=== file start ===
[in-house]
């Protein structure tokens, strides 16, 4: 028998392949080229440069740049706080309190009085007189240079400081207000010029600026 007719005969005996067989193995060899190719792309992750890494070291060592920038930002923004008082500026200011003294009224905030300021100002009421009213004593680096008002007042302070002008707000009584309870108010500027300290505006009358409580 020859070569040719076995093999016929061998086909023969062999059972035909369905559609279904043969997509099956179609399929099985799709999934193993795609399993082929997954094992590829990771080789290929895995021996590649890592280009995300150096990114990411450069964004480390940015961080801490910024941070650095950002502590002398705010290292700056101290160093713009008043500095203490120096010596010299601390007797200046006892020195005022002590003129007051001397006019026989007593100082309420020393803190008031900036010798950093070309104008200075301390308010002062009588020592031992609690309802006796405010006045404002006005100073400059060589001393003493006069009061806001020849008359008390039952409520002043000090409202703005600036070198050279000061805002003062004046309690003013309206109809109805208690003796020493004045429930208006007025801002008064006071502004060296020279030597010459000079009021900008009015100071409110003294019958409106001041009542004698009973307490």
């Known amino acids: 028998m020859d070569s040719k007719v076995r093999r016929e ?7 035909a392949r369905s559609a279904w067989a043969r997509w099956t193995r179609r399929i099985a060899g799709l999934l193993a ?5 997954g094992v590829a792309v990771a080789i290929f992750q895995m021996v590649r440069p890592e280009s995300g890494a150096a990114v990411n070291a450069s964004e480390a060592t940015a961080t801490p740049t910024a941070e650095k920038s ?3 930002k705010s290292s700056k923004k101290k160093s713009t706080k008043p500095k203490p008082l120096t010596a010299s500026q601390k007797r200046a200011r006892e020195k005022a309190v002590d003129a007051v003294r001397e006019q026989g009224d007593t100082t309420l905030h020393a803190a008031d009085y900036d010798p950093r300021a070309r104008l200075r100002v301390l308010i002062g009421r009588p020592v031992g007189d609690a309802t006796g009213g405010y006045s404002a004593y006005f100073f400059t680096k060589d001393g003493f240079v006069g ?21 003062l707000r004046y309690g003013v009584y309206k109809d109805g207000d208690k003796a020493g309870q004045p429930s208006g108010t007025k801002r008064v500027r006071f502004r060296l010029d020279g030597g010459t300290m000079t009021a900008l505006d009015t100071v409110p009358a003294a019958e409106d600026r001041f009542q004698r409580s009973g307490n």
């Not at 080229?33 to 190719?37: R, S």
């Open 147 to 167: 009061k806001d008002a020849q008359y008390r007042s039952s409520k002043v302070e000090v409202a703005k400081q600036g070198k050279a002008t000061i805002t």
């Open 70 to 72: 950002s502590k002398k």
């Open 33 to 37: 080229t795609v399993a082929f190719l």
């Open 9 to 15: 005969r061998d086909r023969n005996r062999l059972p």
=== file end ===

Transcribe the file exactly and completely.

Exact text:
[in-house]
């Protein structure tokens, strides 16, 4: 028998392949080229440069740049706080309190009085007189240079400081207000010029600026 007719005969005996067989193995060899190719792309992750890494070291060592920038930002923004008082500026200011003294009224905030300021100002009421009213004593680096008002007042302070002008707000009584309870108010500027300290505006009358409580 020859070569040719076995093999016929061998086909023969062999059972035909369905559609279904043969997509099956179609399929099985799709999934193993795609399993082929997954094992590829990771080789290929895995021996590649890592280009995300150096990114990411450069964004480390940015961080801490910024941070650095950002502590002398705010290292700056101290160093713009008043500095203490120096010596010299601390007797200046006892020195005022002590003129007051001397006019026989007593100082309420020393803190008031900036010798950093070309104008200075301390308010002062009588020592031992609690309802006796405010006045404002006005100073400059060589001393003493006069009061806001020849008359008390039952409520002043000090409202703005600036070198050279000061805002003062004046309690003013309206109809109805208690003796020493004045429930208006007025801002008064006071502004060296020279030597010459000079009021900008009015100071409110003294019958409106001041009542004698009973307490």
């Known amino acids: 028998m020859d070569s040719k007719v076995r093999r016929e ?7 035909a392949r369905s559609a279904w067989a043969r997509w099956t193995r179609r399929i099985a060899g799709l999934l193993a ?5 997954g094992v590829a792309v990771a080789i290929f992750q895995m021996v590649r440069p890592e280009s995300g890494a150096a990114v990411n070291a450069s964004e480390a060592t940015a961080t801490p740049t910024a941070e650095k920038s ?3 930002k705010s290292s700056k923004k101290k160093s713009t706080k008043p500095k203490p008082l120096t010596a010299s500026q601390k007797r200046a200011r006892e020195k005022a309190v002590d003129a007051v003294r001397e006019q026989g009224d007593t100082t309420l905030h020393a803190a008031d009085y900036d010798p950093r300021a070309r104008l200075r100002v301390l308010i002062g009421r009588p020592v031992g007189d609690a309802t006796g009213g405010y006045s404002a004593y006005f100073f400059t680096k060589d001393g003493f240079v006069g ?21 003062l707000r004046y309690g003013v009584y309206k109809d109805g207000d208690k003796a020493g309870q004045p429930s208006g108010t007025k801002r008064v500027r006071f502004r060296l010029d020279g030597g010459t300290m000079t009021a900008l505006d009015t100071v409110p009358a003294a019958e409106d600026r001041f009542q004698r409580s009973g307490n």
């Not at 080229?33 to 190719?37: R, S």
């Open 147 to 167: 009061k806001d008002a020849q008359y008390r007042s039952s409520k002043v302070e000090v409202a703005k400081q600036g070198k050279a002008t000061i805002t």
């Open 70 to 72: 950002s502590k002398k």
């Open 33 to 37: 080229t795609v399993a082929f190719l």
């Open 9 to 15: 005969r061998d086909r023969n005996r062999l059972p």